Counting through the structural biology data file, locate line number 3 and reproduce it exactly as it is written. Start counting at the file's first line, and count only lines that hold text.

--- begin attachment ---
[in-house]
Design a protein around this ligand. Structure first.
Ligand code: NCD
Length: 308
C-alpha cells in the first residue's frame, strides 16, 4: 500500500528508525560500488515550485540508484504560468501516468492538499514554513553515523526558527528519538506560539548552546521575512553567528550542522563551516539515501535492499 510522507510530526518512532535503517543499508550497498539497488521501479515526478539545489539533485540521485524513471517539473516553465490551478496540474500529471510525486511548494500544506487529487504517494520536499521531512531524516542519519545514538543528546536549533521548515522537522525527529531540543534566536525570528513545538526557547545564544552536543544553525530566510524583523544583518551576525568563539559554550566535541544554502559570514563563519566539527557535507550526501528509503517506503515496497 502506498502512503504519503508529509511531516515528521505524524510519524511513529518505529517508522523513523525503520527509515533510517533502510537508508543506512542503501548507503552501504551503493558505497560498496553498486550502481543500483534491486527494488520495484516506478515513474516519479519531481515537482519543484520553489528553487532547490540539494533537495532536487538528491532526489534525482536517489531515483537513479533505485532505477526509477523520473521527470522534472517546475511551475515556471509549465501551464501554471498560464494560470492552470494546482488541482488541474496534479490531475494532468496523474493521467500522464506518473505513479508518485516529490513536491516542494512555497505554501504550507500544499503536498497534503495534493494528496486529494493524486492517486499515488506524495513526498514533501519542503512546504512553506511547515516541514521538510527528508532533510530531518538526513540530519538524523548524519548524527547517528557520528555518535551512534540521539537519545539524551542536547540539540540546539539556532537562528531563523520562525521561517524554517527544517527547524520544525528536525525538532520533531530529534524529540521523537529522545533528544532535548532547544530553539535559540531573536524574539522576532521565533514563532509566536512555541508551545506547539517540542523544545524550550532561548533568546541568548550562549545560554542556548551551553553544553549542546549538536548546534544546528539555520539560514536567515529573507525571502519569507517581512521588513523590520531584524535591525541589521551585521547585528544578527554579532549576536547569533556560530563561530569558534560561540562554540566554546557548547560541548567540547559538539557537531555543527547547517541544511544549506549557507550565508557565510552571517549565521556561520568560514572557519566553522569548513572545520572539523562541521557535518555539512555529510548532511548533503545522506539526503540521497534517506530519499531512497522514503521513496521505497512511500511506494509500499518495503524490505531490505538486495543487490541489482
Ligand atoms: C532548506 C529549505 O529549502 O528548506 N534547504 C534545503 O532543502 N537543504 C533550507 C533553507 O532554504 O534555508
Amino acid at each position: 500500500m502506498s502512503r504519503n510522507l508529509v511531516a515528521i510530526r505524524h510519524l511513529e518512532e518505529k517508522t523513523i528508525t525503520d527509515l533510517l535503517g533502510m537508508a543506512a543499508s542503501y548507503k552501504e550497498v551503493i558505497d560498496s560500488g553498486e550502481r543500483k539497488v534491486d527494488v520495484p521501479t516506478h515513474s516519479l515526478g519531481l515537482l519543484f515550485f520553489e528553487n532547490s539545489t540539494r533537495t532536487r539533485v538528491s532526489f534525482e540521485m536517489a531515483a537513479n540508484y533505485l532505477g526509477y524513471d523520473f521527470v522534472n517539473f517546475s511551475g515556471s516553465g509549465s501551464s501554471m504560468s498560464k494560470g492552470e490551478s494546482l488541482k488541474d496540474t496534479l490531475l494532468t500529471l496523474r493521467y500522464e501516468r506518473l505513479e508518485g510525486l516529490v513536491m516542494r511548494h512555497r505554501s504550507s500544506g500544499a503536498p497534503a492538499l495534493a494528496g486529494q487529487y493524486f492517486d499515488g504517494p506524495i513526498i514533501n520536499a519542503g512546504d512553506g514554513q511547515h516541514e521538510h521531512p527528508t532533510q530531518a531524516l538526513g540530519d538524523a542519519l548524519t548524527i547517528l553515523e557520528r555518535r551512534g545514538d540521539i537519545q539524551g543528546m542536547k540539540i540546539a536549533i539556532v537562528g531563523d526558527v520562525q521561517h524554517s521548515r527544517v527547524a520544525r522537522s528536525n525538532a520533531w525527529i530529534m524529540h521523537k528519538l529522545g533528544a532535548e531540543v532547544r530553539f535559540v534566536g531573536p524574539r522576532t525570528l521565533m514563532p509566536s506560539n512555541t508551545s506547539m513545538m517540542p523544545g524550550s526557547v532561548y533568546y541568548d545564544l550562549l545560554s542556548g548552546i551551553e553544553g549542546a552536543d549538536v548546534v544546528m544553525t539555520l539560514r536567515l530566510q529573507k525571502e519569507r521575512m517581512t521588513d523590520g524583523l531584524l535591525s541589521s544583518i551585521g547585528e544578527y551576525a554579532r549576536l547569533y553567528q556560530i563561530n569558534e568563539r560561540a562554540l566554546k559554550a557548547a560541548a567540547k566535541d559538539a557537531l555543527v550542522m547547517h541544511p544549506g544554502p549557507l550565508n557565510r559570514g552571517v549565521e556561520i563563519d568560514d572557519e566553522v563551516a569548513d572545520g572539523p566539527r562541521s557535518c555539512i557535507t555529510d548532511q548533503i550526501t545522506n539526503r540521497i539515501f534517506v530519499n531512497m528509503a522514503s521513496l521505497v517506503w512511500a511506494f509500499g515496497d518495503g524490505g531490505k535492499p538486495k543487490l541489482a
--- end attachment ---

Ligand code: NCD